根据新的评论文章，2017年9月20日 – 导管消融治疗不规则心跳，限制或消除患者暴露于辐射，应由医生更广泛地采用。这篇文章是由纽约长老会和威尔康奈尔医学心脏病学家撰写的，并在6月的“心律”杂志上刊登，之前在线发表。在这种情况下，他们认为，程序广泛使用的主要障碍 – 医生对不同视觉工具的不适 – 可以通过培训和经验克服。
首席作者Bruce Lerman博士说：“患者在常规AF消融手术期间接受的荧光透视检查量估计与患者接受830 X射线照射剂量相当。” 纽约长老会/威尔康奈尔医学中心和威尔康奈尔医学心脏电生理实验室的心脏病学和主任，他也是H. Altschul医学硕士教授。“在我们手中，绝大多数AF患者不需要荧光透视，导致患者或电生理学家无法进行辐射照射。
“虽然几年前引入了无氟导管消融的概念，但尚未得到广泛的应用，主要是因为许多电生理学家接受过X射线成像的依赖，不愿相信ICE，”合着者Jim Cheung说， MD，纽约长老会/威尔康奈尔医学中心临床电生理研究和心脏电生理学研究员培训主任，威尔康奈尔医学副教授。张先生是电生理设备制造商Biosense Webster的顾问，并已获得研究金资助。“这个问题可以用经验补救。对于一些人来说，学习曲线可能很陡，但一般来说，技能集可以轻易获得。通过周到地修改程序的执行方式，
Intracardiac Echo Should be More Widely Adopted to Minimize Radiation in Catheter Ablations
Researchers from NewYork-Presbyterian and Weill Cornell Medicine advocate for atrial fibrillation procedure that reduces radiation exposure
Atrial fibrillation (AF) is a condition that affects as many as 6.1 million Americans and is characterized by an irregular, often rapid heart rate caused by a misfiring of electrical impulses. Physicians commonly treat the condition using a minimally invasive procedure called catheter ablation, in which doctors insert thin, flexible wires into veins, snaking them up into the heart. Once there, physicians apply radiofrequency energy or freezing temperatures to eliminate the abnormal electrical pathways, restoring the heart’s regular rhythm.
To guide this procedure, many cardiologists rely on an imaging techniquecalled fluoroscopy that uses a continuous X-ray beam to visualize the heart. While effective, the technique exposes both the care team and patient to high doses of radiation.
“The amount of fluoroscopy received by a patient during a routine AF ablation procedure is estimated to be the equivalent of the dose of radiation a patient would receive with 830 X-rays,” said lead author Bruce Lerman, M.D., chief of the Division of Cardiology and director of the Cardiac Electrophysiology Laboratory at NewYork-Presbyterian/Weill Cornell Medical Center and Weill Cornell Medicine, where he is also the H. Altschul Master Professor of Medicine. “In our hands, the vast majority of AF patients do not require fluoroscopy, resulting in no radiation exposure to the patient or the electrophysiologist performing the procedure.”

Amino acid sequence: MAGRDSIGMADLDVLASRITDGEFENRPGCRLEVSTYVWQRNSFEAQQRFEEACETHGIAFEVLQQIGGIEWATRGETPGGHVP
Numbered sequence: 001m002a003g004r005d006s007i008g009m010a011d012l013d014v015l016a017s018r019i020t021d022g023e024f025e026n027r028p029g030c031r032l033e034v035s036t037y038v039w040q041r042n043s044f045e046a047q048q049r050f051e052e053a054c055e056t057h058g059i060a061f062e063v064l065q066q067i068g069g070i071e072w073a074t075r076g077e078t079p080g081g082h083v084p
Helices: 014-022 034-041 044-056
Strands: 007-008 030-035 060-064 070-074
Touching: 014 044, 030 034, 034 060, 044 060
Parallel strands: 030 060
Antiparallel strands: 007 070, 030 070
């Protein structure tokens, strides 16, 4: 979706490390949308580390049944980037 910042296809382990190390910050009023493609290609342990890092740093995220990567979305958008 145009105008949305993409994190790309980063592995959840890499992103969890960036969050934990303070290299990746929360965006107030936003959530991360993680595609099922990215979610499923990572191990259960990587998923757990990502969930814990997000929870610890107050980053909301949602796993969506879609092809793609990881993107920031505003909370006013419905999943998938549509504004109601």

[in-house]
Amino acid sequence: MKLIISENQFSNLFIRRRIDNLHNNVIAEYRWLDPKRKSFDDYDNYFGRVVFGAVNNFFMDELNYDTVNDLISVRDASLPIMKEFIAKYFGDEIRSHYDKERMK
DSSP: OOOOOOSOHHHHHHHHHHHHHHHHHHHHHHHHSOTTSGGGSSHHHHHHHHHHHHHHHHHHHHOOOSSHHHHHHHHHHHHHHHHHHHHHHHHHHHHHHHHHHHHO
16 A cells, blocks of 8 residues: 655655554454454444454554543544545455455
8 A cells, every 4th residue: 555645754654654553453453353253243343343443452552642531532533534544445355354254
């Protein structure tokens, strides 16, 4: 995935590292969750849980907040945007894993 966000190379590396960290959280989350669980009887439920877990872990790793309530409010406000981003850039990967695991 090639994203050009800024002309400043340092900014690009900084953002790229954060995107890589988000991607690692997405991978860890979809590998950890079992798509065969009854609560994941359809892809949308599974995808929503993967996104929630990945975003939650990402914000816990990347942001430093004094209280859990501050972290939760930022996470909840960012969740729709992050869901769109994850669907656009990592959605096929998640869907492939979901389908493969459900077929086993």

To accomplish fluoroless catheter ablation, the NewYork-Presbyterian and Weill Cornell Medicine team use technology that emits high-frequency sound waves, known as intracardiac echocardiography (ICE), to create a complete and precise image of the heart. In addition, the use of computerized three-dimensional mapping systems and pre-procedural cardiac imaging can further guide the procedure. Weill Cornell Medicine electrophysiologists believe that physicians around the country can embrace fluoroless ablation of atrial fibrillation by challenging entrenched practices.
“Although the concept of fluoroless catheter ablation was introduced several years ago, it has yet to gain wide adoption, mostly because many electrophysiologists were trained to rely on X-ray imaging and are reluctant to trust ICE,” said co-author Jim Cheung, M.D., director of clinical electrophysiology research and cardiac electrophysiology fellowship training at NewYork-Presbyterian/Weill Cornell Medical Center and associate professor of medicine at Weill Cornell Medicine. Cheung is a consultant for and has received fellowship grant support from Biosense Webster, a manufacturer of electrophysiology devices. “This concern can be remedied with experience. For some, the learning curve can be steep, but generally, the skill set can be readily acquired. By thoughtfully modifying the way the procedure is performed, we can significantly reduce the radiation risk in the process,” he said.
“We are currently training our fellows to utilize this technique in an effort to guide the next generation of cardiologists to become well-versed in fluoroless ablation,” Cheung said.
“The most critical requisite for performing fluoroless catheter ablation of AF is a willingness to relinquish an old habit,” said Lerman, who is also a consultant for Biosense Webster. “Doing so will have a tremendous advantage for both patients and healthcare professionals.”